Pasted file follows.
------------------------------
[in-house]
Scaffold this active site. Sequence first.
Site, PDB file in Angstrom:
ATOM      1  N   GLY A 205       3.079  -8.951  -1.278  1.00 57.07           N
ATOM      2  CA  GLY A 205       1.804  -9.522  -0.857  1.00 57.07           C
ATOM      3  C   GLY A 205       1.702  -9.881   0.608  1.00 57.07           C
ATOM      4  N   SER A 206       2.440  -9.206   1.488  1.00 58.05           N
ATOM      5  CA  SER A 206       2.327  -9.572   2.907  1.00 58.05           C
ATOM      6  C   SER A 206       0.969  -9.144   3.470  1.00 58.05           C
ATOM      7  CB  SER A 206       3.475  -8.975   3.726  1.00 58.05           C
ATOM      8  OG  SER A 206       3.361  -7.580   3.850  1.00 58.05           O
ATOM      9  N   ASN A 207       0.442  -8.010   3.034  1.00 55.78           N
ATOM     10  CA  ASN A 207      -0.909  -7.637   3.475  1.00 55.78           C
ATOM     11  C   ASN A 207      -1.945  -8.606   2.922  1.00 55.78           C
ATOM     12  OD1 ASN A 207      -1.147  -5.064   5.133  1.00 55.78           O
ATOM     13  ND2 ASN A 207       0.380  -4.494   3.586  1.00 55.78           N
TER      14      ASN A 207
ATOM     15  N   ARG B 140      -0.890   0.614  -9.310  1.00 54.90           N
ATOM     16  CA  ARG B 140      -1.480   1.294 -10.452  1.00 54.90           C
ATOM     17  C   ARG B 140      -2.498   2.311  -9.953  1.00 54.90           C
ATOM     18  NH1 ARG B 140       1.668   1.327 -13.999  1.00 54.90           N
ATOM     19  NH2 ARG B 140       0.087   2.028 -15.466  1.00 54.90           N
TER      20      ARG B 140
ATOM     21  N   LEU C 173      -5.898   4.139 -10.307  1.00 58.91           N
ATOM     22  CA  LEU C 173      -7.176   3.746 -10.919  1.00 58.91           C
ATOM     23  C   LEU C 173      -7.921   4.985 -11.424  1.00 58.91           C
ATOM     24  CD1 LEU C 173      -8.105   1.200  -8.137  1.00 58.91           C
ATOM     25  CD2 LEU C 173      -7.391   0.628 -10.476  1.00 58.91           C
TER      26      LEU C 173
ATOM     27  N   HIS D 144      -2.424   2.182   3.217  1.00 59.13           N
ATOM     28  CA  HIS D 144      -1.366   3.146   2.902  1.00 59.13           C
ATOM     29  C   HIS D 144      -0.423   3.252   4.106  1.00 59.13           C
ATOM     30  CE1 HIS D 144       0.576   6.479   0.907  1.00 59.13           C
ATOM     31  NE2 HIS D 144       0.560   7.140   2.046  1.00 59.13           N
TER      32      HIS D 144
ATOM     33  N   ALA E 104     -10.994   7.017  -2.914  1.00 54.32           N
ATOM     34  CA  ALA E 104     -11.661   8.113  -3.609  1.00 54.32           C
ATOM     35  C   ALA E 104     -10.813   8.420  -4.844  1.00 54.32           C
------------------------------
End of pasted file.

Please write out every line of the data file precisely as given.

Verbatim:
[in-house]
Scaffold this active site. Sequence first.
Site, PDB file in Angstrom:
ATOM      1  N   GLY A 205       3.079  -8.951  -1.278  1.00 57.07           N
ATOM      2  CA  GLY A 205       1.804  -9.522  -0.857  1.00 57.07           C
ATOM      3  C   GLY A 205       1.702  -9.881   0.608  1.00 57.07           C
ATOM      4  N   SER A 206       2.440  -9.206   1.488  1.00 58.05           N
ATOM      5  CA  SER A 206       2.327  -9.572   2.907  1.00 58.05           C
ATOM      6  C   SER A 206       0.969  -9.144   3.470  1.00 58.05           C
ATOM      7  CB  SER A 206       3.475  -8.975   3.726  1.00 58.05           C
ATOM      8  OG  SER A 206       3.361  -7.580   3.850  1.00 58.05           O
ATOM      9  N   ASN A 207       0.442  -8.010   3.034  1.00 55.78           N
ATOM     10  CA  ASN A 207      -0.909  -7.637   3.475  1.00 55.78           C
ATOM     11  C   ASN A 207      -1.945  -8.606   2.922  1.00 55.78           C
ATOM     12  OD1 ASN A 207      -1.147  -5.064   5.133  1.00 55.78           O
ATOM     13  ND2 ASN A 207       0.380  -4.494   3.586  1.00 55.78           N
TER      14      ASN A 207
ATOM     15  N   ARG B 140      -0.890   0.614  -9.310  1.00 54.90           N
ATOM     16  CA  ARG B 140      -1.480   1.294 -10.452  1.00 54.90           C
ATOM     17  C   ARG B 140      -2.498   2.311  -9.953  1.00 54.90           C
ATOM     18  NH1 ARG B 140       1.668   1.327 -13.999  1.00 54.90           N
ATOM     19  NH2 ARG B 140       0.087   2.028 -15.466  1.00 54.90           N
TER      20      ARG B 140
ATOM     21  N   LEU C 173      -5.898   4.139 -10.307  1.00 58.91           N
ATOM     22  CA  LEU C 173      -7.176   3.746 -10.919  1.00 58.91           C
ATOM     23  C   LEU C 173      -7.921   4.985 -11.424  1.00 58.91           C
ATOM     24  CD1 LEU C 173      -8.105   1.200  -8.137  1.00 58.91           C
ATOM     25  CD2 LEU C 173      -7.391   0.628 -10.476  1.00 58.91           C
TER      26      LEU C 173
ATOM     27  N   HIS D 144      -2.424   2.182   3.217  1.00 59.13           N
ATOM     28  CA  HIS D 144      -1.366   3.146   2.902  1.00 59.13           C
ATOM     29  C   HIS D 144      -0.423   3.252   4.106  1.00 59.13           C
ATOM     30  CE1 HIS D 144       0.576   6.479   0.907  1.00 59.13           C
ATOM     31  NE2 HIS D 144       0.560   7.140   2.046  1.00 59.13           N
TER      32      HIS D 144
ATOM     33  N   ALA E 104     -10.994   7.017  -2.914  1.00 54.32           N
ATOM     34  CA  ALA E 104     -11.661   8.113  -3.609  1.00 54.32           C
ATOM     35  C   ALA E 104     -10.813   8.420  -4.844  1.00 54.32           C